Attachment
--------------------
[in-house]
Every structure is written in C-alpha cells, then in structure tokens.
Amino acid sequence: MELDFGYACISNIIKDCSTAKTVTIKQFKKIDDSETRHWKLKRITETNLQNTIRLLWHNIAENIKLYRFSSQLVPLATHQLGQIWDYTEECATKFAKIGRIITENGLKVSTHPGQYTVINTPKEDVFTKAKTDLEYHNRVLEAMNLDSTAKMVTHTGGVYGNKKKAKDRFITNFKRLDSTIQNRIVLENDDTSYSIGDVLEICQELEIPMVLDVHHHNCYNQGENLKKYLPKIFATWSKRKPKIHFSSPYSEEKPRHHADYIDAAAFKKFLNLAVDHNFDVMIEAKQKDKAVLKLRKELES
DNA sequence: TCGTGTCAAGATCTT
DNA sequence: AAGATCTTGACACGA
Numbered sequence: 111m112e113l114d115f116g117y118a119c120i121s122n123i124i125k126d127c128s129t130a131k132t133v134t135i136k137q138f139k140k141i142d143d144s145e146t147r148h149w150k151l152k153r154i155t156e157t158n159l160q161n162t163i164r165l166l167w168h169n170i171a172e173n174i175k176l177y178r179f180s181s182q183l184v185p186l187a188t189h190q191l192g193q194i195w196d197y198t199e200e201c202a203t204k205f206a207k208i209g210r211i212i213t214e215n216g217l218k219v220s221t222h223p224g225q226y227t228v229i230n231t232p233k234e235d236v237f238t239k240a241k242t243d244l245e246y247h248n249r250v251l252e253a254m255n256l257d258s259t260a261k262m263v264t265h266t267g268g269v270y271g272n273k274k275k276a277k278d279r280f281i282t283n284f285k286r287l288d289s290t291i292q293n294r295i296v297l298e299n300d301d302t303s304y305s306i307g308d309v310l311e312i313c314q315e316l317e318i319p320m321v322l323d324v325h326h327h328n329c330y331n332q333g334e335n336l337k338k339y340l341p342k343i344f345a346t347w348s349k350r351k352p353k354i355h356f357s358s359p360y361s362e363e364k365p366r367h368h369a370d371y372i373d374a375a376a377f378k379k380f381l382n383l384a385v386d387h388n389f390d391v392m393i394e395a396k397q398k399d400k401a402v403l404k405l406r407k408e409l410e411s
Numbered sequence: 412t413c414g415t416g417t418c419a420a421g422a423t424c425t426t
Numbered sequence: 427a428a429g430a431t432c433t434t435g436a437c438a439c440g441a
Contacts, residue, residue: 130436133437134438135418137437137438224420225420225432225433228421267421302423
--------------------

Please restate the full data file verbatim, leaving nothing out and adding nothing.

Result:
[in-house]
Every structure is written in C-alpha cells, then in structure tokens.
Amino acid sequence: MELDFGYACISNIIKDCSTAKTVTIKQFKKIDDSETRHWKLKRITETNLQNTIRLLWHNIAENIKLYRFSSQLVPLATHQLGQIWDYTEECATKFAKIGRIITENGLKVSTHPGQYTVINTPKEDVFTKAKTDLEYHNRVLEAMNLDSTAKMVTHTGGVYGNKKKAKDRFITNFKRLDSTIQNRIVLENDDTSYSIGDVLEICQELEIPMVLDVHHHNCYNQGENLKKYLPKIFATWSKRKPKIHFSSPYSEEKPRHHADYIDAAAFKKFLNLAVDHNFDVMIEAKQKDKAVLKLRKELES
DNA sequence: TCGTGTCAAGATCTT
DNA sequence: AAGATCTTGACACGA
Numbered sequence: 111m112e113l114d115f116g117y118a119c120i121s122n123i124i125k126d127c128s129t130a131k132t133v134t135i136k137q138f139k140k141i142d143d144s145e146t147r148h149w150k151l152k153r154i155t156e157t158n159l160q161n162t163i164r165l166l167w168h169n170i171a172e173n174i175k176l177y178r179f180s181s182q183l184v185p186l187a188t189h190q191l192g193q194i195w196d197y198t199e200e201c202a203t204k205f206a207k208i209g210r211i212i213t214e215n216g217l218k219v220s221t222h223p224g225q226y227t228v229i230n231t232p233k234e235d236v237f238t239k240a241k242t243d244l245e246y247h248n249r250v251l252e253a254m255n256l257d258s259t260a261k262m263v264t265h266t267g268g269v270y271g272n273k274k275k276a277k278d279r280f281i282t283n284f285k286r287l288d289s290t291i292q293n294r295i296v297l298e299n300d301d302t303s304y305s306i307g308d309v310l311e312i313c314q315e316l317e318i319p320m321v322l323d324v325h326h327h328n329c330y331n332q333g334e335n336l337k338k339y340l341p342k343i344f345a346t347w348s349k350r351k352p353k354i355h356f357s358s359p360y361s362e363e364k365p366r367h368h369a370d371y372i373d374a375a376a377f378k379k380f381l382n383l384a385v386d387h388n389f390d391v392m393i394e395a396k397q398k399d400k401a402v403l404k405l406r407k408e409l410e411s
Numbered sequence: 412t413c414g415t416g417t418c419a420a421g422a423t424c425t426t
Numbered sequence: 427a428a429g430a431t432c433t434t435g436a437c438a439c440g441a
Contacts, residue, residue: 130436133437134438135418137437137438224420225420225432225433228421267421302423